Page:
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Personal protective equipment for health and social care staff

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A wide range of measures are in place to ensure health and care staff are protected in their vital work responding to the COVID-19 pandemic.

Government acts in line with the latest guidance from Public Health England which continues to be updated during the current outbreak. The latest advice on use of personal protective equipment (PPE) published on Thursday 2 April updates the appropriate use of PPE in four categories:

  • inpatient clinical settings
  • primary, outpatient and community care settings
  • ambulance staff, paramedics, first responders and pharmacists
  • additional considerations in areas where there is sustained transmission

Full details are available online

Government is committed to keeping staff informed of any changes in guidance, including in the use PPE, and staff have today been advised what the latest changes mean for them. 

Information and advice regarding PPE and social distancing in the workplace are regularly communicated across the Department of Health and Social Care, reinforced by managers and supervisors. Stocks of full PPE are on the Island and on order ongoing, to ensure that it is provided quickly to all who require it in health and social care teams.

Senior Infection Prevention and Control (IFP&C) professionals with responsibilities across the Isle of Man have led specific training in relation to PPE for health and care staff. This training is standard and consistent, is available and delivered both in person and online and has been increased since January in anticipation of COVID-19.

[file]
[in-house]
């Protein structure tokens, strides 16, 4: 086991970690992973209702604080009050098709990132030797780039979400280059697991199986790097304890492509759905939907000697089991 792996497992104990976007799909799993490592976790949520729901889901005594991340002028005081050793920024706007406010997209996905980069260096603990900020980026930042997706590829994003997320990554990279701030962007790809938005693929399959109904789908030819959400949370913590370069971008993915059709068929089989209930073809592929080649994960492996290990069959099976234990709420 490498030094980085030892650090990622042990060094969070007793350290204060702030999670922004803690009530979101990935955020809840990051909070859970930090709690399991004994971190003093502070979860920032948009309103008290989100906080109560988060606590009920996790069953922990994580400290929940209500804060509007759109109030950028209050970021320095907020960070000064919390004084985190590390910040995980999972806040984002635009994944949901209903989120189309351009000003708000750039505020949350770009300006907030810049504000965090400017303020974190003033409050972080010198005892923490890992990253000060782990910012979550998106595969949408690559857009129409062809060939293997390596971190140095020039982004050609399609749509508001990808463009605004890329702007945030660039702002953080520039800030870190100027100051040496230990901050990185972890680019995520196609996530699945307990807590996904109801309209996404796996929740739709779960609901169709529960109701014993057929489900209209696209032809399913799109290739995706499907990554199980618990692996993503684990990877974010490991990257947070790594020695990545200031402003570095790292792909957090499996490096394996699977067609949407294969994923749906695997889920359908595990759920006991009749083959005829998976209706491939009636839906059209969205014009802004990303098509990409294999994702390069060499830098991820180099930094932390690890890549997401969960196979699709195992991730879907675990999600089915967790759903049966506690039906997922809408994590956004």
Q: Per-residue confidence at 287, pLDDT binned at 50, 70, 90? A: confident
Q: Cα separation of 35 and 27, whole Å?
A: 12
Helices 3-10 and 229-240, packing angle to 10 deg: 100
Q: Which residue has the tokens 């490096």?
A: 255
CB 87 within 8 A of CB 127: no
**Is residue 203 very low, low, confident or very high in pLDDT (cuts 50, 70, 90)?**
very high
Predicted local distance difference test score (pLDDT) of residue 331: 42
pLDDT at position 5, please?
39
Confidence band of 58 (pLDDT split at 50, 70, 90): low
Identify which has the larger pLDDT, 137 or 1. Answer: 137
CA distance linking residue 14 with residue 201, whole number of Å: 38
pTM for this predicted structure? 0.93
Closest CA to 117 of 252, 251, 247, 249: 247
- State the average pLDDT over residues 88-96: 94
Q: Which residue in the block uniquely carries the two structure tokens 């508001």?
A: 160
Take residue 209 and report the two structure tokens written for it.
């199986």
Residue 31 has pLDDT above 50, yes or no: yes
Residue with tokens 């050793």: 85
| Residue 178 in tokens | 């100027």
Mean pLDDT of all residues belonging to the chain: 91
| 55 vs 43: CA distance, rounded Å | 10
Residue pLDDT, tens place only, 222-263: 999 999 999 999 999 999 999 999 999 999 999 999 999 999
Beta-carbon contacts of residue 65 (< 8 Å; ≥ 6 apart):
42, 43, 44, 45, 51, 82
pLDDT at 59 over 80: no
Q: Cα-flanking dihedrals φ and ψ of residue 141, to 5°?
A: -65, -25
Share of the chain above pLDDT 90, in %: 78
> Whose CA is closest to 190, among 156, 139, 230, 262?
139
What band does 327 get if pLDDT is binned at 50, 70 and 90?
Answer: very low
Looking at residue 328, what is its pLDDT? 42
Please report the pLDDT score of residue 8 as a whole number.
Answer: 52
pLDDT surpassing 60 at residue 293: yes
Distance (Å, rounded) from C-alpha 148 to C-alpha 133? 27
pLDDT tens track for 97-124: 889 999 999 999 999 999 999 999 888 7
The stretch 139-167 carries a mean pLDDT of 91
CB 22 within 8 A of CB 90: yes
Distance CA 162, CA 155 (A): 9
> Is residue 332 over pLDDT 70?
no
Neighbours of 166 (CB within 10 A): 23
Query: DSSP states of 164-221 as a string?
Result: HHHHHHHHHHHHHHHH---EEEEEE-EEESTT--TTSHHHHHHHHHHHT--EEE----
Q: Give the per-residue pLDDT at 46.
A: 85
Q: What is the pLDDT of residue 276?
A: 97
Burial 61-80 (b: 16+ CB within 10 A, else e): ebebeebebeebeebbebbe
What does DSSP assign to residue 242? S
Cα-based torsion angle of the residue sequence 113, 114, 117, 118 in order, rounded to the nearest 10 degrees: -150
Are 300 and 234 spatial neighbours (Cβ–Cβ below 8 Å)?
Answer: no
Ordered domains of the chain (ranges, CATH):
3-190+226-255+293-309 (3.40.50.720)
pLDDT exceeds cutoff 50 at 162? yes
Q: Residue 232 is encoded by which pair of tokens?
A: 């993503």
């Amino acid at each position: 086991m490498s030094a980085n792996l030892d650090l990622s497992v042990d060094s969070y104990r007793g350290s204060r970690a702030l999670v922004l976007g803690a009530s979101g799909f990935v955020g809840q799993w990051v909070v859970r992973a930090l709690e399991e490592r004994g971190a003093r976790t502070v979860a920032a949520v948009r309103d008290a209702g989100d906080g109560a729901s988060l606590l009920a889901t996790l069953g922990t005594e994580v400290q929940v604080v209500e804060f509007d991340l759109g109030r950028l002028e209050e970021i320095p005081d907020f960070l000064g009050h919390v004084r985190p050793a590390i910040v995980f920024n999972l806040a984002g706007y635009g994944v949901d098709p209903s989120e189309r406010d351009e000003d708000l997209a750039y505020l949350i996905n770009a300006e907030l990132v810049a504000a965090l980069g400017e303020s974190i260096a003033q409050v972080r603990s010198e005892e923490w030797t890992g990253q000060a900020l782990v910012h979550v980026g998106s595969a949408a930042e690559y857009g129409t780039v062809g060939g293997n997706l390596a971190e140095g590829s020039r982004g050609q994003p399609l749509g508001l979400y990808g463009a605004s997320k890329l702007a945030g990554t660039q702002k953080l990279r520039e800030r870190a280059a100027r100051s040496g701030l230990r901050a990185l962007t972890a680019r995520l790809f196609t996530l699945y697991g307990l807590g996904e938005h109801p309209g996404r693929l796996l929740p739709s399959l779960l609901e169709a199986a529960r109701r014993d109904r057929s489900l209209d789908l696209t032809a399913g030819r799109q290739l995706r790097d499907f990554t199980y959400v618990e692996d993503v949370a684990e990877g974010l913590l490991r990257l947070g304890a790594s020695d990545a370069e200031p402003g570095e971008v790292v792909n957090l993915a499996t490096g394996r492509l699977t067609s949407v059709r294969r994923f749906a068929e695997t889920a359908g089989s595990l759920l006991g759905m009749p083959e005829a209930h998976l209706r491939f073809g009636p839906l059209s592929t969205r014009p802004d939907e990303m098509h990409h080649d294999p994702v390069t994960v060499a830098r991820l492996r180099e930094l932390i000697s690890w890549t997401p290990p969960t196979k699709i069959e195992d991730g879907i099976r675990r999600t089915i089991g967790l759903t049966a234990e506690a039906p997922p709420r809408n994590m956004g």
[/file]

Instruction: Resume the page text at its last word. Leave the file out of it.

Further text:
Sessions have been held in the hospital and in community settings to explain protocols and to demonstrate the correct way to put on and take off PPE. Additionally, consultants have visited staff groups around the hospital including housekeepers, porters and nursing staff, to explain best practice and answer queries.

Infection prevention training is a fundamental part of training for all healthcare staff, to ensure patient safety and minimise the risk of cross contamination.

Hospital and care staff have been advised on what is appropriate for their roles and provided with the necessary equipment.

The IFP&C team has set up a dedicated mail box to deal with staff queries. This will be reviewed on an hourly basis during weekday working hours, with the aim of providing an answer within two hours. Immediate or urgent queries are raised via a phone call or bleep to the team.

Stocks of protective equipment have been centralised to ensure they can be monitored and that health and social care staff receive the correct PPE at the right time, to offer the best protection.

Supplies continue to be ordered and received by DHSC, and while worldwide demand is at record levels at present, the department continues to work relentlessly on ensuring that there is no shortage in the Isle of Man.